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Upwardly Global’s Rapid Response to COVID-19

Upwardly Global’s Rapid Response to COVID-19

Eighty-five percent of Upwardly Global job seekers live below the federal poverty line. All are vulnerable to continued legal and administrative changes in immigration policy, including public charge and asylee work-authorization. Many live in cities hardest hit by the Coronavirus: New York City, San Francisco, Seattle, and Chicago. They frequently lack sufficient social support—information, resources, job market access and social networks—to re-enter into their professional fields, leaving them unemployed or in low-wage, temporary jobs.

COVID-19 has heightened immigrants’ vulnerability to poverty. In a recent rapid needs appraisal of 74 UpGlo job seekers, we learned that nearly 50% experienced job loss or reduced income from their survival jobs in the past 10 days. This comes at the heels of the closure of non-essential businesses, leaving survival jobs in restaurants and ride-share services plummeting and job seekers without a primary source of income. As the COVID-19 crisis continues, many more job seekers are at risk of slipping into deeper poverty. Of our job seekers, 69% have no savings or less than one month’s worth of savings. With no safety net and deep isolation, meeting basic needs is harder. Currently, 28% of surveyed job seekers are unable to meet their basic needs, including payment for rent and/or food. We expect this trend to continue and worsen the longer our job seekers are unable to work.

At the same time, immigrants have valuable skills to contribute to our response to COVID-19, but are on the sidelines. UpGlo job seekers are clustered in key sectors healthcare and techand they have resilience, problem-solving skills, and more.

A sign of the times, 73% of job seekers reported that they are struggling to continue skilling programs or the job search. 40% experienced a slowing job market, including hiring freezes, postponed interviews, and suspended credential and training programs.

At times of economic recession, immigrants often remain on the fringes of local economies in which they live. We know that investing in contributions and skills for all Americans is necessary to weather this storm together, and be prepared to build a strong future workforce.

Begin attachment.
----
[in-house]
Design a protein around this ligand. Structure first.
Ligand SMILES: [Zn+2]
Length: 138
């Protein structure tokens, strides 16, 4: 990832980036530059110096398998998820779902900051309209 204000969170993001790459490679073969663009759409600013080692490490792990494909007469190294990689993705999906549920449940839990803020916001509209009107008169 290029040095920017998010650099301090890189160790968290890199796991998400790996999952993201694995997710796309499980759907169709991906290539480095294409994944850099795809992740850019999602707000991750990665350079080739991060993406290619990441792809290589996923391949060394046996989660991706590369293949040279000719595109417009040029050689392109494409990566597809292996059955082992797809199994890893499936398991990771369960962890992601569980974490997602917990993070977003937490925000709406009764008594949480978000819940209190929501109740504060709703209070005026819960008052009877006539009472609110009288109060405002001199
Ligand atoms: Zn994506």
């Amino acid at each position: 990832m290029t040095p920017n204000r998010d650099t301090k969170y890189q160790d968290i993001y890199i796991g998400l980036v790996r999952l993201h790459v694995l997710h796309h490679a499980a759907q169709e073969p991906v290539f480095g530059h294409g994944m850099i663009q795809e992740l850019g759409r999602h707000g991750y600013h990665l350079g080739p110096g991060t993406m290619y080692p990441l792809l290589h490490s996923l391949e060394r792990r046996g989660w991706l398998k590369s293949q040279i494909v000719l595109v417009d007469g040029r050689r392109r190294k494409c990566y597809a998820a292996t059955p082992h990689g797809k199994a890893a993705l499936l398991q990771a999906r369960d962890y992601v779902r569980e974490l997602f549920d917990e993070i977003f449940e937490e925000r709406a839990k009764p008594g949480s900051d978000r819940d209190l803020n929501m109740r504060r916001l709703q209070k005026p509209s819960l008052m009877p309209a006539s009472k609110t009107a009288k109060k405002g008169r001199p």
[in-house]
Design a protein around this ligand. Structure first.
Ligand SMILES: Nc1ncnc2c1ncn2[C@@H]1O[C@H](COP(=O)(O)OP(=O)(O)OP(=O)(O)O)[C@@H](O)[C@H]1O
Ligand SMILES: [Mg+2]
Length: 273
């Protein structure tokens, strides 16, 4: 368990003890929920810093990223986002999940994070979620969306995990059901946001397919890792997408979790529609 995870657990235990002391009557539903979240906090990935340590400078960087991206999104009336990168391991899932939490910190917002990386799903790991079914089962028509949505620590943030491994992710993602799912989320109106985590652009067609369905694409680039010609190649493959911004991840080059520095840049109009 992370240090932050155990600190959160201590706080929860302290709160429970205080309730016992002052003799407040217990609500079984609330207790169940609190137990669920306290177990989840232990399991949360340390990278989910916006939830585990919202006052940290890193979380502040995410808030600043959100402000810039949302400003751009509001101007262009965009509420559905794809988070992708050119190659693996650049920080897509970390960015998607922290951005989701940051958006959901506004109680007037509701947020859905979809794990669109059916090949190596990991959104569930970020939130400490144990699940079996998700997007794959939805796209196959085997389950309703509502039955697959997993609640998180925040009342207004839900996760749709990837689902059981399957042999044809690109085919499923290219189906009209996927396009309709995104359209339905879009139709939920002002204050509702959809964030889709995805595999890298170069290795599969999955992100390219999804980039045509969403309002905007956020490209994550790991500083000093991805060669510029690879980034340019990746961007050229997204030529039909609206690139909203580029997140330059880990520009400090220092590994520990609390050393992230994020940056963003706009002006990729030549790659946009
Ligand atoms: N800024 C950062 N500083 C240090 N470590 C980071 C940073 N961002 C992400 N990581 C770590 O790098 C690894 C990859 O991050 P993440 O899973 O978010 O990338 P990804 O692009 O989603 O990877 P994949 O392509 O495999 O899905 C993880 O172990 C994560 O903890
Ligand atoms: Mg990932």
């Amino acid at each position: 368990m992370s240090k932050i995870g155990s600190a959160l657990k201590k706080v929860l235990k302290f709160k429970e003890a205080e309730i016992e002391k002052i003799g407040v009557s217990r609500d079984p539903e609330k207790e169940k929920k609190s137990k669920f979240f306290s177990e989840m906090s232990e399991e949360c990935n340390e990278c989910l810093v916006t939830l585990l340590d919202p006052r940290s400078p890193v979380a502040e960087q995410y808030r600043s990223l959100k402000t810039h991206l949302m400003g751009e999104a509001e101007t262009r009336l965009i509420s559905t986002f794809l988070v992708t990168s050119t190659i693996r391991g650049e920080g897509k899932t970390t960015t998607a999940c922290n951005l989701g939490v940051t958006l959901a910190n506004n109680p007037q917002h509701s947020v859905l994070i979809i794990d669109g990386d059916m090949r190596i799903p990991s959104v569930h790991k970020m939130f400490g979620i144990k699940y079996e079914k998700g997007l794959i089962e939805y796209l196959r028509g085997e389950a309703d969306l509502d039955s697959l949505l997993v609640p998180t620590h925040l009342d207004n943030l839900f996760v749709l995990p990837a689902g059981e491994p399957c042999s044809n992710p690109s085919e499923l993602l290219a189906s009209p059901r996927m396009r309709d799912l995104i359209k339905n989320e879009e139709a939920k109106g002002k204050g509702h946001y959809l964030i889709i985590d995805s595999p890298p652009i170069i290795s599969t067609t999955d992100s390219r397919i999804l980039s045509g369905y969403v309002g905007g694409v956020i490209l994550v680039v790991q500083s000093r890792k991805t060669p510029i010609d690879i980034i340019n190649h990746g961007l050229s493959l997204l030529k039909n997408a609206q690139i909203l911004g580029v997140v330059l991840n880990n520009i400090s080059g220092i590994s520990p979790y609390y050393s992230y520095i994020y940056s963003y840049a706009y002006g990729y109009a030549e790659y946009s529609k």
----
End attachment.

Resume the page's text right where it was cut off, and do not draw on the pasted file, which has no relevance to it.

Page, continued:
Upwardly Global is responding to COVID-19 by building:

  1. Pathways: Putting job seekers’ skills to work in critical fields, including healthcare. As COVID-19 strains the capacity of our healthcare system, Upwardly Global believes foreign-born and -trained healthcare professionals have much to contribute. Our job seekers—physicians, nurses, researchers, technicians, nutritionists, and therapists—have medical degrees from their home countries, experience in health care, employment authorization and an eagerness to serve. Ninety-three percent (93%) of UpGlo healthcare professionals expressed a desire to support the U.S. in responding to the COVID-19 pandemic. UpGlo is in touch with partner organizations and local officials to explore pathways to put this incredible talent pool into service.
  2. Investments: Encouraging employers to invest in their workers and communities.
    As companies consider long term economic recovery, we believe that they hold a responsibility to lead on investing in the future workforce and in their communities. UpGlo is bringing employers together to explore medium-term inclusive solutions, such as expanding work-based learning and bridge programs to provide needed skills-building and career pathways.
  3. Resources: Offering tools for all U.S. workers to skill up for our workforce needs. Investing in the soft skills and market aligned technical skills that enhance competitiveness in a changing job market. This is particularly acute for immigrant workers, who are disproportionately impacted by a segmented labor market. Many immigrant workers, both high-skilled and otherwise, hold jobs that put them at risk of layoffs. A continued barrier for immigrant job seekers remains a deficit in cultural soft skills. This will continue to lock them out of opportunities, even when they possess the technical know-how. In addition, the shifting landscape of the job market, means a time for investment in reskilling and upskilling to realign with market demand. UpGlo will be building out market-aligned career pathways to consolidate re-/upskilling with employer demand. We are further sharing our online courses and know-how with community partners across the country so that we can collectively reach more people in need of career pathways and skills-building.
  4. Bridges: Creating digital networks and virtual volunteer opportunities to connect mentors and support job seekers. Physical distancing exacerbates social isolation for already marginalized communities. Building  networks remains critical to develop and improve skills set, get informed about latest industry trends; keep a pulse on the job market and opportunities; and meet mentors. Upwardly Global is investing in infrastructure to build out volunteer opportunities and meaningful virtual networking events to ensure continued access and connections for job seekers.

 

 

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